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Using Awareness of Psychological Type to Formulate Strategies

Much has been written about the importance of formulating goals to achieve success.  First, you appraise your current situation.  Next,  you decide what you wish to achieve.  Then you identify specific activities that will help you reach that goal.  Simple, right?   Unfortunately, many people fall short of their goals not because they don’t know what they want or can’t identify activities that will lead them there.  Instead they fall short because they don’t know know how to overcome the force that leads them back to their  default mode or comfort zone.

Every psychological type has both strengths and developmental challenges.  For example, an ENFP type is full of creative ideas and schemes but is also prone to losing focus and follow through once the newness has worn off.  An INFJ  may be able to mediate complex interactions among individuals but at the same time, be reluctant to intrude upon others and thus keep too much to himself.    Why isn’t  it enough to implore the ENFP to “just do it” or to encourage the INFJ to just share what he is thinking?

It is natural for an ENFP to want to move on to the next challenge because her dominant function is extraverted intuition.   Her brain is excited by new ideas, patterns, and insights. This is her default mode similar to the default settings on the computer. In the absence of a deliberate effort to bypass this natural tendency, she will enthusiastically jump from one intriguing curiosity to the next.  She may be aware that she has to finish a given activity in order to meet a stated goal.   However, the key to accomplishing this is an effective strategy to help her manage a natural tendency.

Perhaps she learns to write down ideas as they pop into her head rather than immediately following her nose to satisfy her curiosity.  With the advent of Google, it’s easy to get sidetracked by wanting to know something right now rather than later on.  Or maybe there is some mundane task like writing the bills that she often ignores in favor of a more exciting task.   Maybe she has has to take them to a coffee shop to work on them so she can be around people but not be distracted by other more intriguing stimuli in her home.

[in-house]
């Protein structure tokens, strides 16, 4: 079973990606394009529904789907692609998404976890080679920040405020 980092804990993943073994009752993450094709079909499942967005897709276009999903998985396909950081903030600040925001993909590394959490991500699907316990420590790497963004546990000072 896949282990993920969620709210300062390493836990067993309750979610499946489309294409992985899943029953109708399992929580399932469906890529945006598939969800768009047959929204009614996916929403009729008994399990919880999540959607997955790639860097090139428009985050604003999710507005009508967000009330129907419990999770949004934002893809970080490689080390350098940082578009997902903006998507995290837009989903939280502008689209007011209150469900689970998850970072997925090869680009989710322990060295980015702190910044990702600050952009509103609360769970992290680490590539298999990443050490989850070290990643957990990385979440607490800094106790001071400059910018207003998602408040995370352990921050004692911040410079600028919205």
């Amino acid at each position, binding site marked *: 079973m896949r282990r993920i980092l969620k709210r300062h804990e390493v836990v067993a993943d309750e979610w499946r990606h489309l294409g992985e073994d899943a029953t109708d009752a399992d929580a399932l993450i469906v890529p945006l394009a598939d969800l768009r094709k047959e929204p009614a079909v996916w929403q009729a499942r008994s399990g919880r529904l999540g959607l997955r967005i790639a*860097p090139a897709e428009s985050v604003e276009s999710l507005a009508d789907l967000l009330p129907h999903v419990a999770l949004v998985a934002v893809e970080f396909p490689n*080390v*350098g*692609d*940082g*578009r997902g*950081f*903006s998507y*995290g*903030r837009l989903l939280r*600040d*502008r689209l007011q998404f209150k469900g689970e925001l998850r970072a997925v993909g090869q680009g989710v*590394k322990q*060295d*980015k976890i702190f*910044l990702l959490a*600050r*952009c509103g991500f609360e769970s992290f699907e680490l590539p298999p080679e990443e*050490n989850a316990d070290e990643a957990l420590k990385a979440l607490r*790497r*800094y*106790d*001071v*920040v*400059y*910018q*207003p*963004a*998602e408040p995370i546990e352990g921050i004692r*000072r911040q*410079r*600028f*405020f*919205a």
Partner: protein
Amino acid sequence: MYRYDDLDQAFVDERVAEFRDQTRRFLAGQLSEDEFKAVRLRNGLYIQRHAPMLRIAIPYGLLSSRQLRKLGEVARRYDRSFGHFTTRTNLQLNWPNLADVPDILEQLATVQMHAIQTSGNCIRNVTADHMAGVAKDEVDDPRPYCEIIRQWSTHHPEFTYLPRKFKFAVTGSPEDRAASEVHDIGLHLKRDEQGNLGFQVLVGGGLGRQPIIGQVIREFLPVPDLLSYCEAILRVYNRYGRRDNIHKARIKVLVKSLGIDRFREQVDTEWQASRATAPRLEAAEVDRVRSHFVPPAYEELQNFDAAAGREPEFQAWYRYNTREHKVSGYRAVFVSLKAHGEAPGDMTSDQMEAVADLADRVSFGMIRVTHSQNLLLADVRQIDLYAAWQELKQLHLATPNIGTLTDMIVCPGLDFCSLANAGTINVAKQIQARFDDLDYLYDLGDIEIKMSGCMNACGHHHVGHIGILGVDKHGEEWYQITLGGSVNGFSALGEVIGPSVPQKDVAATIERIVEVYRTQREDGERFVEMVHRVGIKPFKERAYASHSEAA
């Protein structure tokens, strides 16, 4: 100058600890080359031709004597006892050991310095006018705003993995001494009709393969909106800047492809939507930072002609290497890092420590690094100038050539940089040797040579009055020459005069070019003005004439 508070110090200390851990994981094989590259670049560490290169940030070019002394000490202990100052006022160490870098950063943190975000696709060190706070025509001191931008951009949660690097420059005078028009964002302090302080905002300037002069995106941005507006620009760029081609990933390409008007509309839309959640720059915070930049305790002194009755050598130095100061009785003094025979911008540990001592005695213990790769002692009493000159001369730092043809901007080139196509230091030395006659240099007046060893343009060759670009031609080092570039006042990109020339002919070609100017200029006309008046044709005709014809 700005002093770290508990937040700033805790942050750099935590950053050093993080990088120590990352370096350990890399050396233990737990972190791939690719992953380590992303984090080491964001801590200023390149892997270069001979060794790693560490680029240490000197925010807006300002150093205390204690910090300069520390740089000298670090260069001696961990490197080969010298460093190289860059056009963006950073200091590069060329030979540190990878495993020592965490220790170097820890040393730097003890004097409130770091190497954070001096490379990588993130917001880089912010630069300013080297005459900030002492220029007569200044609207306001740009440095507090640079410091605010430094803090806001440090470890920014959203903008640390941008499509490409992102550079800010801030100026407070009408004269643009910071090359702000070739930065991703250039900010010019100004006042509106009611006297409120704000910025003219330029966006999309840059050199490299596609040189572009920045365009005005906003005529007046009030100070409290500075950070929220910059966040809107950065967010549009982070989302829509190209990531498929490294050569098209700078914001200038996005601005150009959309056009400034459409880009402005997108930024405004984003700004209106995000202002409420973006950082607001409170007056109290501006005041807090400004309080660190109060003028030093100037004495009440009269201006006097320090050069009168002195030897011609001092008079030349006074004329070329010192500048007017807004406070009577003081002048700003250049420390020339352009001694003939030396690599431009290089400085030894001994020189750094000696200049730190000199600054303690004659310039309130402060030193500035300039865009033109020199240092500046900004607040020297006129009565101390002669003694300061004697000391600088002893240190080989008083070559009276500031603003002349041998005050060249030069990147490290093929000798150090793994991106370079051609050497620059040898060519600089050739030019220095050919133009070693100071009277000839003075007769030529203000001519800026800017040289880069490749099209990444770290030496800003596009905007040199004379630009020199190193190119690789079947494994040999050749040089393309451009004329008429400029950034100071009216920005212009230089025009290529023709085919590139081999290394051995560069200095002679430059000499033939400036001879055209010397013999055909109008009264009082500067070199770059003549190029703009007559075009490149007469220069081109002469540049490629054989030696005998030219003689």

What about the INFJ who won’t share what is on his mind?  Maybe he needs to remind himself that many people he will be sharing his thoughts with are not as sensitive as he is so he can afford to be a little more forthright.  Or, he can capitalize on his effective writing skills by putting his thoughts into a letter or, using a journal to formulate what he is going to say so he is fully prepared to speak his mind.  He needs a strategy that goes beyond the goal that he will “speak up more often in meetings”, for example. He needs to know how he can do this without creating so much anxiety that he avoids it altogether.

Effective coaching has 3 main components:  1. Increased self-awareness.   2.Goal setting and identification of activities leading to those goals.  3.Strategies that will increase the likelihood that those goals will be successfully met.   Awareness of psychological type through the use of the MBTI instruments can provide needed insight on how these strategies are formulated.

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